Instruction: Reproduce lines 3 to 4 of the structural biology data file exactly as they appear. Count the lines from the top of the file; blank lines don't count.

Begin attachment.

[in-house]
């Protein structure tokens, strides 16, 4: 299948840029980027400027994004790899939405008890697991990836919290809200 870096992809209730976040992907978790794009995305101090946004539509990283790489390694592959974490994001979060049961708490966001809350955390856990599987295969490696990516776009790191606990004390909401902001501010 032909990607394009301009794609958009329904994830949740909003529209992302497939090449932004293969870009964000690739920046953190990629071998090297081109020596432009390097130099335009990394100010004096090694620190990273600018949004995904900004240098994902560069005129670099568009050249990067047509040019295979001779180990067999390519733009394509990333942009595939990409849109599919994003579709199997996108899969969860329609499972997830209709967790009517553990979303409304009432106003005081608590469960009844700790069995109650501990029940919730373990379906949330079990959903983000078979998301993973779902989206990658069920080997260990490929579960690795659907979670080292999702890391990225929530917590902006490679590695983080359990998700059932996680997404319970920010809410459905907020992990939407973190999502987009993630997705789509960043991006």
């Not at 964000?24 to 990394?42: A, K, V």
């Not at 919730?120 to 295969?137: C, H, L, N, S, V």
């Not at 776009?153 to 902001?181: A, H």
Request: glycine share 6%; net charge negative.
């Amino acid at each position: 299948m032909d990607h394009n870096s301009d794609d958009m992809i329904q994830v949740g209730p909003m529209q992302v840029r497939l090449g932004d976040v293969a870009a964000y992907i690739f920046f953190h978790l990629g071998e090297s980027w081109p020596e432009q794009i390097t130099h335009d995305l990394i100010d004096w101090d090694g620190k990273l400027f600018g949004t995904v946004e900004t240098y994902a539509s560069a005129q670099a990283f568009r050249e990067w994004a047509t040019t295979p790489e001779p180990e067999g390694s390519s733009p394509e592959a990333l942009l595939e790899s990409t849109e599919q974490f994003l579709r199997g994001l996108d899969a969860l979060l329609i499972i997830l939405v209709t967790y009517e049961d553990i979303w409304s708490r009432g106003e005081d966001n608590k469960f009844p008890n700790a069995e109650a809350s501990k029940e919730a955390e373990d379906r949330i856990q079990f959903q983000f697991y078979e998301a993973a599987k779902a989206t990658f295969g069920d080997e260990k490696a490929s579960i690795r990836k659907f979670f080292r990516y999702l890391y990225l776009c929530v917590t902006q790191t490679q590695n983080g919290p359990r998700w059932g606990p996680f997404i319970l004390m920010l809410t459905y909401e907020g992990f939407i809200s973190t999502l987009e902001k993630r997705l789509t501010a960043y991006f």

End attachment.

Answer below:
């Not at 964000?24 to 990394?42: A, K, V």
């Not at 919730?120 to 295969?137: C, H, L, N, S, V």